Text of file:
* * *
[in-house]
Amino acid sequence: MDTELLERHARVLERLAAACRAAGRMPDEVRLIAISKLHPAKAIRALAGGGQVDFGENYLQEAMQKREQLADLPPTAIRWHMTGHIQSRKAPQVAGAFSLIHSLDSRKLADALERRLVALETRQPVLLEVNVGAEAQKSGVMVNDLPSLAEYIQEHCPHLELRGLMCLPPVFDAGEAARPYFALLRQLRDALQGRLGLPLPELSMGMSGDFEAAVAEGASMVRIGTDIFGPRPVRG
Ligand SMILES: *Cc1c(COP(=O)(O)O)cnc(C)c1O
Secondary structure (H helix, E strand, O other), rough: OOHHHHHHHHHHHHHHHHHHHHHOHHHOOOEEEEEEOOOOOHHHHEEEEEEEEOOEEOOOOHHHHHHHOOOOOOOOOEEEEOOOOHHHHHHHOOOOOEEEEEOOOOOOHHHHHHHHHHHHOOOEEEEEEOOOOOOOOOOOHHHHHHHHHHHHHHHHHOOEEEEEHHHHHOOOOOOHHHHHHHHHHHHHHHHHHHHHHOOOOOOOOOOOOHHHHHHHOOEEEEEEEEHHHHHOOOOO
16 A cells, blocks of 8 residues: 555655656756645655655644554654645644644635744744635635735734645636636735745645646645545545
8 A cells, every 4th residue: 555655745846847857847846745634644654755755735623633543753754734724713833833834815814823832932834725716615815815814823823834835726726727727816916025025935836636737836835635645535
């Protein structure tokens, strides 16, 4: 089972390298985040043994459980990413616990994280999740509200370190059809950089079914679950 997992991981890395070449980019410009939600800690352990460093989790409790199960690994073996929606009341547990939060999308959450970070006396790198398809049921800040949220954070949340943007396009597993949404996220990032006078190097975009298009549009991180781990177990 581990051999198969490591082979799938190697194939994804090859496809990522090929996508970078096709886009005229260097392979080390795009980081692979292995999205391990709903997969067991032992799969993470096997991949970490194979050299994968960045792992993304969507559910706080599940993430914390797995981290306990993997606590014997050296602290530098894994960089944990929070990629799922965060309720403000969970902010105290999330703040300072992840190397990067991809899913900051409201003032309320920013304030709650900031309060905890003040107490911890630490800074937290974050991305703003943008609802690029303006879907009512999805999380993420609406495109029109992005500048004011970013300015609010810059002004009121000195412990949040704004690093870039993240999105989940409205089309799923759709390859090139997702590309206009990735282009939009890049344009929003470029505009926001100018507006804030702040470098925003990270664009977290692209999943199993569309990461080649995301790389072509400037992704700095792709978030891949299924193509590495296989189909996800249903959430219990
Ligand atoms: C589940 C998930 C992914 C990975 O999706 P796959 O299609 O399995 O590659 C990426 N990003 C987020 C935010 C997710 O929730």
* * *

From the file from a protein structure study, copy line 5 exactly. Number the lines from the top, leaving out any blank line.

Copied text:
16 A cells, blocks of 8 residues: 555655656756645655655644554654645644644635744744635635735734645636636735745645646645545545